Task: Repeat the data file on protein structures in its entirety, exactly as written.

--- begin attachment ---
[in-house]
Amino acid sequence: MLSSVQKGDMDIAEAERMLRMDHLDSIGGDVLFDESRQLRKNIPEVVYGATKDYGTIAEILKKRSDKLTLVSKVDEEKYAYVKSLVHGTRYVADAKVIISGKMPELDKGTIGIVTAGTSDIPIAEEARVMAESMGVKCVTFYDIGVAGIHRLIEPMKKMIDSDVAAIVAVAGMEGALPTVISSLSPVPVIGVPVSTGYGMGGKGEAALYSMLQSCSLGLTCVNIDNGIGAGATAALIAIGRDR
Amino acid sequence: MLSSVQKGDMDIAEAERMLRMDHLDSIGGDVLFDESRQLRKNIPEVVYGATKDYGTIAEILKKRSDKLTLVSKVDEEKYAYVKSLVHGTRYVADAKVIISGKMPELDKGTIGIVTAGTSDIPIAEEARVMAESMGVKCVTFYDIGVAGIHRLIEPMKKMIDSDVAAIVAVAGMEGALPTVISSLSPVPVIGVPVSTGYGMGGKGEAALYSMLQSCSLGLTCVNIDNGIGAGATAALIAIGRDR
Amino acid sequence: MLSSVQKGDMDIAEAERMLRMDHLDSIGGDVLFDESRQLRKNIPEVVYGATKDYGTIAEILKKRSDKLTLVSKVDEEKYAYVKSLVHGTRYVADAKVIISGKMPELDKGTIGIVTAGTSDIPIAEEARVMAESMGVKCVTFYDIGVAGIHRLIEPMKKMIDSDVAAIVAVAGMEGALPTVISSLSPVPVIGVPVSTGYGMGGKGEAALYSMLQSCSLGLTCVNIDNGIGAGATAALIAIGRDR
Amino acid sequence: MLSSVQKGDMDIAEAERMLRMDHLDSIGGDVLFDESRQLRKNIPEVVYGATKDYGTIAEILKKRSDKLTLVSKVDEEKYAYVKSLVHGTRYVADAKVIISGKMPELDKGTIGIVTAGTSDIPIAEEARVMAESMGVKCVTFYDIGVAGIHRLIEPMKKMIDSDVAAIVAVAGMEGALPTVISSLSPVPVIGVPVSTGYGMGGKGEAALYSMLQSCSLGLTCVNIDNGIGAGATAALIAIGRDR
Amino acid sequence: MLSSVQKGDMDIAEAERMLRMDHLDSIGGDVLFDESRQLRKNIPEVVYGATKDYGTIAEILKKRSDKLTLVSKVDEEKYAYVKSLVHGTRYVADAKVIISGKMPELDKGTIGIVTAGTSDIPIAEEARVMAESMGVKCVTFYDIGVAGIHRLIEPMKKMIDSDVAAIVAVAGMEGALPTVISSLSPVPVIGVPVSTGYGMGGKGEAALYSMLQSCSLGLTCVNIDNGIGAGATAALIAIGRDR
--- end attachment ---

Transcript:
[in-house]
Amino acid sequence: MLSSVQKGDMDIAEAERMLRMDHLDSIGGDVLFDESRQLRKNIPEVVYGATKDYGTIAEILKKRSDKLTLVSKVDEEKYAYVKSLVHGTRYVADAKVIISGKMPELDKGTIGIVTAGTSDIPIAEEARVMAESMGVKCVTFYDIGVAGIHRLIEPMKKMIDSDVAAIVAVAGMEGALPTVISSLSPVPVIGVPVSTGYGMGGKGEAALYSMLQSCSLGLTCVNIDNGIGAGATAALIAIGRDR
Amino acid sequence: MLSSVQKGDMDIAEAERMLRMDHLDSIGGDVLFDESRQLRKNIPEVVYGATKDYGTIAEILKKRSDKLTLVSKVDEEKYAYVKSLVHGTRYVADAKVIISGKMPELDKGTIGIVTAGTSDIPIAEEARVMAESMGVKCVTFYDIGVAGIHRLIEPMKKMIDSDVAAIVAVAGMEGALPTVISSLSPVPVIGVPVSTGYGMGGKGEAALYSMLQSCSLGLTCVNIDNGIGAGATAALIAIGRDR
Amino acid sequence: MLSSVQKGDMDIAEAERMLRMDHLDSIGGDVLFDESRQLRKNIPEVVYGATKDYGTIAEILKKRSDKLTLVSKVDEEKYAYVKSLVHGTRYVADAKVIISGKMPELDKGTIGIVTAGTSDIPIAEEARVMAESMGVKCVTFYDIGVAGIHRLIEPMKKMIDSDVAAIVAVAGMEGALPTVISSLSPVPVIGVPVSTGYGMGGKGEAALYSMLQSCSLGLTCVNIDNGIGAGATAALIAIGRDR
Amino acid sequence: MLSSVQKGDMDIAEAERMLRMDHLDSIGGDVLFDESRQLRKNIPEVVYGATKDYGTIAEILKKRSDKLTLVSKVDEEKYAYVKSLVHGTRYVADAKVIISGKMPELDKGTIGIVTAGTSDIPIAEEARVMAESMGVKCVTFYDIGVAGIHRLIEPMKKMIDSDVAAIVAVAGMEGALPTVISSLSPVPVIGVPVSTGYGMGGKGEAALYSMLQSCSLGLTCVNIDNGIGAGATAALIAIGRDR
Amino acid sequence: MLSSVQKGDMDIAEAERMLRMDHLDSIGGDVLFDESRQLRKNIPEVVYGATKDYGTIAEILKKRSDKLTLVSKVDEEKYAYVKSLVHGTRYVADAKVIISGKMPELDKGTIGIVTAGTSDIPIAEEARVMAESMGVKCVTFYDIGVAGIHRLIEPMKKMIDSDVAAIVAVAGMEGALPTVISSLSPVPVIGVPVSTGYGMGGKGEAALYSMLQSCSLGLTCVNIDNGIGAGATAALIAIGRDR